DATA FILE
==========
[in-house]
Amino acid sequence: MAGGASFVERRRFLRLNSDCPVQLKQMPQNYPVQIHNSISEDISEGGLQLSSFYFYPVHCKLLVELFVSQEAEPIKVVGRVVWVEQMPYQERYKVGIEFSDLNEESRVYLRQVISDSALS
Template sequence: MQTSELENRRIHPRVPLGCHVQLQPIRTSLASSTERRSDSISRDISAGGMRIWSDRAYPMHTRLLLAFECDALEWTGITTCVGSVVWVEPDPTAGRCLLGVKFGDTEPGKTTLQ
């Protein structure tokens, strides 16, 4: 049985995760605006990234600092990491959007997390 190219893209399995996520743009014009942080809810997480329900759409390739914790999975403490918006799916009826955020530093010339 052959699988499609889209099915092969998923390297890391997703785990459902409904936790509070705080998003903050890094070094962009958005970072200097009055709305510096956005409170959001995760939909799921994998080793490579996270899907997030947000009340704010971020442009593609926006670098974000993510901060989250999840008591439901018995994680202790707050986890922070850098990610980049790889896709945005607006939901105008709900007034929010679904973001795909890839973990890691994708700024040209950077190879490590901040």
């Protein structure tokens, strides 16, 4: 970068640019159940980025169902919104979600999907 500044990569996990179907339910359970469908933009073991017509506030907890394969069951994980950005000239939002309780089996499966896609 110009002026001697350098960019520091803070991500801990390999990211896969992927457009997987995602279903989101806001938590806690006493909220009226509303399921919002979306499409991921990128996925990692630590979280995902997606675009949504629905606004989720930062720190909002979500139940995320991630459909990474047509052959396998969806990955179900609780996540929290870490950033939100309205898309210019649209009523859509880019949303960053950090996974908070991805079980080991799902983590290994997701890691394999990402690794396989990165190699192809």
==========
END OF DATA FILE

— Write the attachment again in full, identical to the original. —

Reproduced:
[in-house]
Amino acid sequence: MAGGASFVERRRFLRLNSDCPVQLKQMPQNYPVQIHNSISEDISEGGLQLSSFYFYPVHCKLLVELFVSQEAEPIKVVGRVVWVEQMPYQERYKVGIEFSDLNEESRVYLRQVISDSALS
Template sequence: MQTSELENRRIHPRVPLGCHVQLQPIRTSLASSTERRSDSISRDISAGGMRIWSDRAYPMHTRLLLAFECDALEWTGITTCVGSVVWVEPDPTAGRCLLGVKFGDTEPGKTTLQ
């Protein structure tokens, strides 16, 4: 049985995760605006990234600092990491959007997390 190219893209399995996520743009014009942080809810997480329900759409390739914790999975403490918006799916009826955020530093010339 052959699988499609889209099915092969998923390297890391997703785990459902409904936790509070705080998003903050890094070094962009958005970072200097009055709305510096956005409170959001995760939909799921994998080793490579996270899907997030947000009340704010971020442009593609926006670098974000993510901060989250999840008591439901018995994680202790707050986890922070850098990610980049790889896709945005607006939901105008709900007034929010679904973001795909890839973990890691994708700024040209950077190879490590901040």
């Protein structure tokens, strides 16, 4: 970068640019159940980025169902919104979600999907 500044990569996990179907339910359970469908933009073991017509506030907890394969069951994980950005000239939002309780089996499966896609 110009002026001697350098960019520091803070991500801990390999990211896969992927457009997987995602279903989101806001938590806690006493909220009226509303399921919002979306499409991921990128996925990692630590979280995902997606675009949504629905606004989720930062720190909002979500139940995320991630459909990474047509052959396998969806990955179900609780996540929290870490950033939100309205898309210019649209009523859509880019949303960053950090996974908070991805079980080991799902983590290994997701890691394999990402690794396989990165190699192809």